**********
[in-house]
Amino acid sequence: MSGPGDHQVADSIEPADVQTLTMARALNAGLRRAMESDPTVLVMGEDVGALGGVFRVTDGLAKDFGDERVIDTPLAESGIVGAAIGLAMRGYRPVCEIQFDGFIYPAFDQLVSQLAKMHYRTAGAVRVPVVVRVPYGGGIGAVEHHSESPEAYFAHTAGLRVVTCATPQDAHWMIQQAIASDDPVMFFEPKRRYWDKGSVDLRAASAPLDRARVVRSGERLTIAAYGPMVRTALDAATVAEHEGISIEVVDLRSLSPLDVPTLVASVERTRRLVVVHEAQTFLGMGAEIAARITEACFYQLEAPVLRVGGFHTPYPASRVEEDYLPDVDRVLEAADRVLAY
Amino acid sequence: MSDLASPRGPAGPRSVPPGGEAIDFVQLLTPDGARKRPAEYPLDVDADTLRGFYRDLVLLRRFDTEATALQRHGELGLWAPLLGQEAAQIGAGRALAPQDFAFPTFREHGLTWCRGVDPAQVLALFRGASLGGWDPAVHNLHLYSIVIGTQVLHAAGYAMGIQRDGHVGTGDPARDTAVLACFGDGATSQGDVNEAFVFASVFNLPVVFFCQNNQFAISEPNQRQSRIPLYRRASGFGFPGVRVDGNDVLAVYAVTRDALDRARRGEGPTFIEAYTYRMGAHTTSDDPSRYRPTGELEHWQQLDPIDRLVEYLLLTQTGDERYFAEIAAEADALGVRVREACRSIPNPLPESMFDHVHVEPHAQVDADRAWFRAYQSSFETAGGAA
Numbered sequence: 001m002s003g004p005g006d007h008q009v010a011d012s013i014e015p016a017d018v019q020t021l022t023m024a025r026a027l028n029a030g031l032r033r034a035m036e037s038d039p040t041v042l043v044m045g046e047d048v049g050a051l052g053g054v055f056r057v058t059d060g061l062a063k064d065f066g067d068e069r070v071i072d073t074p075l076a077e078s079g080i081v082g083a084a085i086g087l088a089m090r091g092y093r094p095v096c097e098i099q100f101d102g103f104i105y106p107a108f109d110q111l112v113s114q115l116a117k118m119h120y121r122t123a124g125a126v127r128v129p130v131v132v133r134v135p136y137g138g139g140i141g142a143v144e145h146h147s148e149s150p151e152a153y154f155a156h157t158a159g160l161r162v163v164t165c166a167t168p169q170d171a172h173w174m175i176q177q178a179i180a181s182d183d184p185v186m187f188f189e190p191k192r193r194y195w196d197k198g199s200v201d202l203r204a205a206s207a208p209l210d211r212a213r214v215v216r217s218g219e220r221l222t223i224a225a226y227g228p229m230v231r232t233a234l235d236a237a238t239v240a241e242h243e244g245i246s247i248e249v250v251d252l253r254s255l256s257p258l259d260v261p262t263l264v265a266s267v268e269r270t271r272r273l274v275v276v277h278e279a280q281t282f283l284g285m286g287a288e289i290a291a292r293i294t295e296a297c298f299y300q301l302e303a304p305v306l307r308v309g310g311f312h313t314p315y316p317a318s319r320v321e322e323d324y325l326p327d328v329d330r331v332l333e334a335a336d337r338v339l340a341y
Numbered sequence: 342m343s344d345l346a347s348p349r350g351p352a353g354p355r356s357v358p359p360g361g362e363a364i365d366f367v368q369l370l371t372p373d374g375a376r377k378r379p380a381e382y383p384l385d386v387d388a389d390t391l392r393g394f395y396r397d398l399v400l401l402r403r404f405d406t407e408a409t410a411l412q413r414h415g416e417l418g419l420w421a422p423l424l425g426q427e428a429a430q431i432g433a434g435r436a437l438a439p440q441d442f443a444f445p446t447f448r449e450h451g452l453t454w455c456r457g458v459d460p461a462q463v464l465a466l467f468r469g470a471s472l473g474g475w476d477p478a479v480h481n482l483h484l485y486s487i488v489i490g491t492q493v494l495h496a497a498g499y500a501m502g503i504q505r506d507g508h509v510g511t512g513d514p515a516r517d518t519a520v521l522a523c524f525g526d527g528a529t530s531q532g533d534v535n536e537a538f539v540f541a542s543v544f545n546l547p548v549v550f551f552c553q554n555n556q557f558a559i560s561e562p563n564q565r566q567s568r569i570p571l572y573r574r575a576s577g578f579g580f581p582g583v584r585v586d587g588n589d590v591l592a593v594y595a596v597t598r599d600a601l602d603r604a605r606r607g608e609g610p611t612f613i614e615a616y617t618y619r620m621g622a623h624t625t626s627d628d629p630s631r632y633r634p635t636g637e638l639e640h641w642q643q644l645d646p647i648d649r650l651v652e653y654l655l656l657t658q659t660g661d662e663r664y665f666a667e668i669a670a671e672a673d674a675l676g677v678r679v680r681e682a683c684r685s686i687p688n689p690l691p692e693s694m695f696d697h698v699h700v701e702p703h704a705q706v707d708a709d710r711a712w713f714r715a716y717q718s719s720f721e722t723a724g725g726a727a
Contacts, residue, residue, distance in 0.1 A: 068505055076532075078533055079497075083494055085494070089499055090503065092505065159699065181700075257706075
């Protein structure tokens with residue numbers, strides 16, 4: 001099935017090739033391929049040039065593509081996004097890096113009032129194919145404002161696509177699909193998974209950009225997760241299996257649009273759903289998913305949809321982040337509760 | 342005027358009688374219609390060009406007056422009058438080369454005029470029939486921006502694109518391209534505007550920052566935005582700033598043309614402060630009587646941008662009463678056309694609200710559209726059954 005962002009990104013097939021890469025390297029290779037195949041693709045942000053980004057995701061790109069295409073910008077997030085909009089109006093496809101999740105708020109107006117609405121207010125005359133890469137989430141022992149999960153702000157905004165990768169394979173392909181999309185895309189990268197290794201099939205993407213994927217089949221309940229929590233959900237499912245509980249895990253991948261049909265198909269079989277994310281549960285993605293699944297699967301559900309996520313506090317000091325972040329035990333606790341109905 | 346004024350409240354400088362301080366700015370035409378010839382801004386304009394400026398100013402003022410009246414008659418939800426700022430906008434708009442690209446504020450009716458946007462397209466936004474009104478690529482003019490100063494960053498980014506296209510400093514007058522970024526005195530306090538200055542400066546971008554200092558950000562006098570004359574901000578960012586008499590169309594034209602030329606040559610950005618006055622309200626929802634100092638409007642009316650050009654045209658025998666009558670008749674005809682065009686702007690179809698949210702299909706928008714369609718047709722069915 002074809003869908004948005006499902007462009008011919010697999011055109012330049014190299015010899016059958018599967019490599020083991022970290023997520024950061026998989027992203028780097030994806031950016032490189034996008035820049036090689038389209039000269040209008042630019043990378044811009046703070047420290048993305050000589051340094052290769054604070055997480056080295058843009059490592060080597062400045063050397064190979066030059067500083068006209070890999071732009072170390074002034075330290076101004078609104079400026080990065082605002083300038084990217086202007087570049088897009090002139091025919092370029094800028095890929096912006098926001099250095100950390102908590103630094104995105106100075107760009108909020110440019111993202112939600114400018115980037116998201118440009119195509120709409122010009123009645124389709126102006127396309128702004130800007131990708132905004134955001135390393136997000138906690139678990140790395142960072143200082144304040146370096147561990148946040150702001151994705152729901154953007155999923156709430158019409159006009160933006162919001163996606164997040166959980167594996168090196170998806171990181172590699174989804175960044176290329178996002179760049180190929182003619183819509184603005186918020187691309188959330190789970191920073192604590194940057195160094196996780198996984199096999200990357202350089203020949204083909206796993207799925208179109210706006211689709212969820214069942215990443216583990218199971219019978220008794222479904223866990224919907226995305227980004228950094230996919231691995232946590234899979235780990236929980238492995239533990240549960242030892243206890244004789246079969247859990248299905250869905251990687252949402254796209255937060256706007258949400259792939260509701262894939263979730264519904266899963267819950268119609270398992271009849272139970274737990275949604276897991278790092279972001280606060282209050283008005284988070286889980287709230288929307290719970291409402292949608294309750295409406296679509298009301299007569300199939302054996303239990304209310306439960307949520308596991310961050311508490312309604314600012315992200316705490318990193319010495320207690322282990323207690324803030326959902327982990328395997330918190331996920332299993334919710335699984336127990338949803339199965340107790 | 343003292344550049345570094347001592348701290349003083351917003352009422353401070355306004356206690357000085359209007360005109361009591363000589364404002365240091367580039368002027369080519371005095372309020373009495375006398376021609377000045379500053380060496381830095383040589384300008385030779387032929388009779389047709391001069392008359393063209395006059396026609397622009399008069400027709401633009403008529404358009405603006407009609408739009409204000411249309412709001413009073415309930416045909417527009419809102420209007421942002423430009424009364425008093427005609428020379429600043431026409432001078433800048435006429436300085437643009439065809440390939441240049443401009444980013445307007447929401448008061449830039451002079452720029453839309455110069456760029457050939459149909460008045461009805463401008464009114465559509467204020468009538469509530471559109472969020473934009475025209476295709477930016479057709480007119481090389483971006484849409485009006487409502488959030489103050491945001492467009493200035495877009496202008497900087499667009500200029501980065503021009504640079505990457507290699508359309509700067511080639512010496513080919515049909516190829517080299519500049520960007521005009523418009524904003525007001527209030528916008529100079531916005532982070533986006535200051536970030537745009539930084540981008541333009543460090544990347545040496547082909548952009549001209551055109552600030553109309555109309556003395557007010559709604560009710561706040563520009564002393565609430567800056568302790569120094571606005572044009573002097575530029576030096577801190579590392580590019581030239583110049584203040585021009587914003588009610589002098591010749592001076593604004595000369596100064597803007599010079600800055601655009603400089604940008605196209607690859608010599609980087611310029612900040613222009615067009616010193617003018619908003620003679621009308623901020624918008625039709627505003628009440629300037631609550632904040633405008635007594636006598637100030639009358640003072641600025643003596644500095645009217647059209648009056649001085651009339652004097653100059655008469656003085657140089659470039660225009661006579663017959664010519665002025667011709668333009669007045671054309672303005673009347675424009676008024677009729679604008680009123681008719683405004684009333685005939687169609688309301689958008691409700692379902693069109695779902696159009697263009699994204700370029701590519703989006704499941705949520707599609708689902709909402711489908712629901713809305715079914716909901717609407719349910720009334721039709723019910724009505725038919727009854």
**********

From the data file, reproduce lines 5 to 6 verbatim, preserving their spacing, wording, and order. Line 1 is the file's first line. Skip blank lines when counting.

Numbered sequence: 342m343s344d345l346a347s348p349r350g351p352a353g354p355r356s357v358p359p360g361g362e363a364i365d366f367v368q369l370l371t372p373d374g375a376r377k378r379p380a381e382y383p384l385d386v387d388a389d390t391l392r393g394f395y396r397d398l399v400l401l402r403r404f405d406t407e408a409t410a411l412q413r414h415g416e417l418g419l420w421a422p423l424l425g426q427e428a429a430q431i432g433a434g435r436a437l438a439p440q441d442f443a444f445p446t447f448r449e450h451g452l453t454w455c456r457g458v459d460p461a462q463v464l465a466l467f468r469g470a471s472l473g474g475w476d477p478a479v480h481n482l483h484l485y486s487i488v489i490g491t492q493v494l495h496a497a498g499y500a501m502g503i504q505r506d507g508h509v510g511t512g513d514p515a516r517d518t519a520v521l522a523c524f525g526d527g528a529t530s531q532g533d534v535n536e537a538f539v540f541a542s543v544f545n546l547p548v549v550f551f552c553q554n555n556q557f558a559i560s561e562p563n564q565r566q567s568r569i570p571l572y573r574r575a576s577g578f579g580f581p582g583v584r585v586d587g588n589d590v591l592a593v594y595a596v597t598r599d600a601l602d603r604a605r606r607g608e609g610p611t612f613i614e615a616y617t618y619r620m621g622a623h624t625t626s627d628d629p630s631r632y633r634p635t636g637e638l639e640h641w642q643q644l645d646p647i648d649r650l651v652e653y654l655l656l657t658q659t660g661d662e663r664y665f666a667e668i669a670a671e672a673d674a675l676g677v678r679v680r681e682a683c684r685s686i687p688n689p690l691p692e693s694m695f696d697h698v699h700v701e702p703h704a705q706v707d708a709d710r711a712w713f714r715a716y717q718s719s720f721e722t723a724g725g726a727a
Contacts, residue, residue, distance in 0.1 A: 068505055076532075078533055079497075083494055085494070089499055090503065092505065159699065181700075257706075